Schools along the way given them lunch – more than happy to welcome and support role models such as these. Businesses have generously offered them sponsorship through provision of equipmens, nutritional supplements and even replacement tyres after two punctures north of Oamaru on the 2nd day! Family members along journey have provided them with beds and food. this has truly become a community project.

Their parents have shown them the immense respect of letting them be in charge of this venture; supporting them and advising them when necessary, but allowing them to take complete ownership of their great adventure. In this age of “blackhawk” parenting and micromanaging by parents and schools of the daily lives of young people, I also stand in admiration of these parents for stepping back to let their sons step up.

Today, day 4, the cyclists have had to grind it out; tired and extremely sore, over the rolling hills from Dunedin to Gore. Tomorrow they ride to Invercargill to be met by the Mayor and, hopefully, a whole new group of generous donors whose support for the Prostate Foundation is all the reward these boys are looking for.

Young men working together and in support of each other in order to help others – it doesn’t get any better than this. They will remember this experience and the things they have learnt from it about themselves and what they are capable of, for the rest of their lives. (unlike last week’s English lesson which has probably already been consigned to the “trash bin’ of their memories!)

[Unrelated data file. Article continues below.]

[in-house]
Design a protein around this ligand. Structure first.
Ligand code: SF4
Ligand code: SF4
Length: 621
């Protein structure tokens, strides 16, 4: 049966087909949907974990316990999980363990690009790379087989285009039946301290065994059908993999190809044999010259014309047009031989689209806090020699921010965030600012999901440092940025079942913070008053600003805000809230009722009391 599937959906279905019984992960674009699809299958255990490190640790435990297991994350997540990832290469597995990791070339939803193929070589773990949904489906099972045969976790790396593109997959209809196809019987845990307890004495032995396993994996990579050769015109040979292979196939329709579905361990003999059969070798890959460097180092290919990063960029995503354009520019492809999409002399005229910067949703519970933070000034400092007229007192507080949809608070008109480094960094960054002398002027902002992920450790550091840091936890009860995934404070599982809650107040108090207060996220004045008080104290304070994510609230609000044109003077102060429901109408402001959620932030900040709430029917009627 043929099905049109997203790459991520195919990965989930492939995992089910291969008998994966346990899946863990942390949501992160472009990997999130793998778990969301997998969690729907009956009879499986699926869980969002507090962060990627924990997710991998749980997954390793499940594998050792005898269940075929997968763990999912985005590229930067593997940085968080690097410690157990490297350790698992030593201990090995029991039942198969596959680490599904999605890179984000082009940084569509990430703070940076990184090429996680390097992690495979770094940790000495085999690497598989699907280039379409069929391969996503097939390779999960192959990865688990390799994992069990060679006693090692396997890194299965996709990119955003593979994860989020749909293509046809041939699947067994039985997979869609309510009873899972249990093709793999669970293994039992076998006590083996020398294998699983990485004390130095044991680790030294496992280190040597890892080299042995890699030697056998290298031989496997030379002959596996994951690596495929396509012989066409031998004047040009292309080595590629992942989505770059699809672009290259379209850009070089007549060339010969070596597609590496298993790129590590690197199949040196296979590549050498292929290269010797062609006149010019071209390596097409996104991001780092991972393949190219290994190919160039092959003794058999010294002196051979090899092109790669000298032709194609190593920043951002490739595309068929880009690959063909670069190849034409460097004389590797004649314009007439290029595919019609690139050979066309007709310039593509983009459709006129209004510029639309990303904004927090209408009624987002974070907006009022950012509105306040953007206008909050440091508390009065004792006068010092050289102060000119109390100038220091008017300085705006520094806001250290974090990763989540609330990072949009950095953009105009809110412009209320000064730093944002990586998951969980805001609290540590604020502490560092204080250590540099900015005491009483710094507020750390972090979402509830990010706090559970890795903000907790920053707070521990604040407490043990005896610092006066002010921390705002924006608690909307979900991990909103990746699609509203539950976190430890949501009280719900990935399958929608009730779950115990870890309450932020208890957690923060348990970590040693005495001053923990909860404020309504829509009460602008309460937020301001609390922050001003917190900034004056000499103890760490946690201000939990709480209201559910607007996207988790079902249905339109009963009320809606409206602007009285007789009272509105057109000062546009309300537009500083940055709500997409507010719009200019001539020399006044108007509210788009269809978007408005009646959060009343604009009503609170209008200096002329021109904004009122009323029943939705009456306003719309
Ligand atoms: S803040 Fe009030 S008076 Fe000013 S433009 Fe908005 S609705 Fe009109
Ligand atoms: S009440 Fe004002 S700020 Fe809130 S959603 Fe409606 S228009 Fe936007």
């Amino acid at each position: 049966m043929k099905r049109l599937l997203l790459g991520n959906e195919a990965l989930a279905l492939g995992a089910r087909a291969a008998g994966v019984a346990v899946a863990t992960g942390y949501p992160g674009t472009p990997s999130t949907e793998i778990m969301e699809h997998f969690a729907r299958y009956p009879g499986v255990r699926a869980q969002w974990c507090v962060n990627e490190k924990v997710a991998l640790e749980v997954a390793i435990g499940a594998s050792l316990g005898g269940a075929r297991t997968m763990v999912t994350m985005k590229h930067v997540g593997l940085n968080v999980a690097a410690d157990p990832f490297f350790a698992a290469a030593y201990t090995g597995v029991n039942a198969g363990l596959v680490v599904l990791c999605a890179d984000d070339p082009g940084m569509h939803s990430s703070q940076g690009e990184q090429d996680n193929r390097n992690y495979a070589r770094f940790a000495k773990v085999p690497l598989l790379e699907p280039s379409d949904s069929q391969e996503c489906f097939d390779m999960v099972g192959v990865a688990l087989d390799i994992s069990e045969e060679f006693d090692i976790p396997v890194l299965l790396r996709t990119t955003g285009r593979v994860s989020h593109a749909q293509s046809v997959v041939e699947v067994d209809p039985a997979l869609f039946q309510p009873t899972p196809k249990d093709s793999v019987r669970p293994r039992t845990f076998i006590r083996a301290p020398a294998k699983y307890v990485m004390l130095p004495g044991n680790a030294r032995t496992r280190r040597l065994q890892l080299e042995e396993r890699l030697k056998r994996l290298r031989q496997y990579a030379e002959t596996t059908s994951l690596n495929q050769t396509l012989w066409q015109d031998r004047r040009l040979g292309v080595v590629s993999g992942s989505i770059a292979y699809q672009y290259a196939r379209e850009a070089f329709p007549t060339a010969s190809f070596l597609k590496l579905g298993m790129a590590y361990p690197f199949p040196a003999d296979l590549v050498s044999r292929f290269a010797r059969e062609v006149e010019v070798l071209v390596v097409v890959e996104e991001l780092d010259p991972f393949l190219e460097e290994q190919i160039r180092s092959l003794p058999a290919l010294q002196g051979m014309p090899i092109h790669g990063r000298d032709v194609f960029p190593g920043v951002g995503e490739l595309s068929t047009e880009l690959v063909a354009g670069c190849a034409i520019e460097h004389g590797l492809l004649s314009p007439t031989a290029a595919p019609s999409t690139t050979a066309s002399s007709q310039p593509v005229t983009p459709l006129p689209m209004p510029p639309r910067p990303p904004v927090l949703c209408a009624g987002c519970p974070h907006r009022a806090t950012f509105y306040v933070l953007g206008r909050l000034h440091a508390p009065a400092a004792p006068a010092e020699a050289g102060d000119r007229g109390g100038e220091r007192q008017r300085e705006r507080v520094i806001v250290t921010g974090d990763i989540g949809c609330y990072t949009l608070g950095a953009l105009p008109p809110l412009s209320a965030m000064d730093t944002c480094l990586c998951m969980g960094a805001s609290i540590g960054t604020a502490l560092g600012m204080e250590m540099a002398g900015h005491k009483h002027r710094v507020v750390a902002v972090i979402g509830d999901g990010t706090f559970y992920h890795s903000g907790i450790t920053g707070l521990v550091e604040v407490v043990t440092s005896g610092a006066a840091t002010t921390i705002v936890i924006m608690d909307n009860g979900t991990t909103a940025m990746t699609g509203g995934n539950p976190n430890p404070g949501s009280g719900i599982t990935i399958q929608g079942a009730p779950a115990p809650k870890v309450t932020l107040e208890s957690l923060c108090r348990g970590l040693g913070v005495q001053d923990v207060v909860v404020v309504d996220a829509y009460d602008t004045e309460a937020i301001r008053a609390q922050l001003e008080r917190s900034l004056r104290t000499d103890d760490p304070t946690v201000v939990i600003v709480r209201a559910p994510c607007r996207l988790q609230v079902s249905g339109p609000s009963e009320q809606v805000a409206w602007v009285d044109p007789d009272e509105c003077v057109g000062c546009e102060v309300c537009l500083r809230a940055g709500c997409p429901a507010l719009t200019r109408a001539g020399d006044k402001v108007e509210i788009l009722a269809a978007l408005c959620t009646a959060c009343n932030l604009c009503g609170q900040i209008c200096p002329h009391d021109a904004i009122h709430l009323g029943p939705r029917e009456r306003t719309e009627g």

This week I, and others, have been given a powerful lesson in managing self, participating and contributing, thinking and relating to others; a powerful lesson in community, integrity and respect.

Please consider sharing this story among your networks and supporting Matt, Joe Ben and their support team, by donating to the Prostate Cancer Foundation of New Zealand on


This week I have been given a powerful lesson…

About ictenhancedlearningandteaching

I am a director and consultant at Ethos Consultancy NZ (http://www.ethosconsultancynz.com/). I have a keen interest in all aspects of ICT Enhanced Learning and Teaching (ICTELT) where the focus lies on ways of scaffolding and empowering learners. In particular, I am interested in the way that creative, blended approached to Academic Professional Development can create trust, rapport and encourage reflective practice. As such, ICTELT is approached from facilitation, design, evaluation and assessment as opposed to the tools and what they can offer. I am a strong advocate of the potential of Web 2.0 to empower learners from all walks of life and cultures, especially after my experiences working for 6 years in the Middle East. In particular, I am interested how ePortfolios can be used in the VET sector (especially where Literacy and Language challenges are faced), in Recognition of Prior Learning, and in authentic, applied assessment. I have been involved with designing and developing ICTELT approaches and programmes for ten years. Following research informed approaches and design, I apply a qualitative, iterative process to evaluate the effectiveness of interventions, programmes and tools, encouraging learners' voices and input from all stakeholders.